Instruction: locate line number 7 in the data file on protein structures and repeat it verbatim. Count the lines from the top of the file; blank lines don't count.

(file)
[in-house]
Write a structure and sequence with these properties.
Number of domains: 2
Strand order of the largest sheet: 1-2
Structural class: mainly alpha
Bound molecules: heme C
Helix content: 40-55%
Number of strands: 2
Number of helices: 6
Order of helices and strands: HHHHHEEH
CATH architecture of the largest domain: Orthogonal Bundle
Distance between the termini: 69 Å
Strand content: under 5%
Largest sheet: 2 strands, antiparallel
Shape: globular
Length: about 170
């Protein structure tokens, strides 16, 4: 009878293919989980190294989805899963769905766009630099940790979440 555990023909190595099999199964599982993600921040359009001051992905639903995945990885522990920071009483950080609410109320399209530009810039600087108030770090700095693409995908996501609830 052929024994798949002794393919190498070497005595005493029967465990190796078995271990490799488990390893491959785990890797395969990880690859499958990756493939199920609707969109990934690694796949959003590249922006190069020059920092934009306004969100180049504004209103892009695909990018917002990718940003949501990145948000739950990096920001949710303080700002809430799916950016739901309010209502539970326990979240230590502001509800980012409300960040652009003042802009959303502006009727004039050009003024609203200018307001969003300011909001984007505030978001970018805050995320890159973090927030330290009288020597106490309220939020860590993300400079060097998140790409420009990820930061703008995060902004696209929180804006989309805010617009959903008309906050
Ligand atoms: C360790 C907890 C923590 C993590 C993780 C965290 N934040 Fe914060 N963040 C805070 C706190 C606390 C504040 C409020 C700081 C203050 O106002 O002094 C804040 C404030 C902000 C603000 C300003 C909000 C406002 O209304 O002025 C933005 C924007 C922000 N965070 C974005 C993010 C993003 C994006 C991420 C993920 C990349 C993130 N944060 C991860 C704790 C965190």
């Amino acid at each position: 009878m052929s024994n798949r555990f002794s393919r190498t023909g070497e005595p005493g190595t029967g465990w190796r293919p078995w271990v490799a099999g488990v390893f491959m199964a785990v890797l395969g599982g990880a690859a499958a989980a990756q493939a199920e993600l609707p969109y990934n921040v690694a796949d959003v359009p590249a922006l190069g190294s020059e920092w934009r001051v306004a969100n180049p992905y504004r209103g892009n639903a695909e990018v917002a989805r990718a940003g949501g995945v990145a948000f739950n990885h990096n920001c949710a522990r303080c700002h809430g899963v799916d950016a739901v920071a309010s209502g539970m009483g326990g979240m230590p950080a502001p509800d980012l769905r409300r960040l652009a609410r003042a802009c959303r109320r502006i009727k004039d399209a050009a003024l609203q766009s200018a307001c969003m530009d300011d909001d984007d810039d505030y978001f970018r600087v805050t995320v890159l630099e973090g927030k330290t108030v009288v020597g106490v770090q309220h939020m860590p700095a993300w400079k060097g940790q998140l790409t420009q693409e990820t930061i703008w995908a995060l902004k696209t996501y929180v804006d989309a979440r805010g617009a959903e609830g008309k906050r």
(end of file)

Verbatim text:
Helix content: 40-55%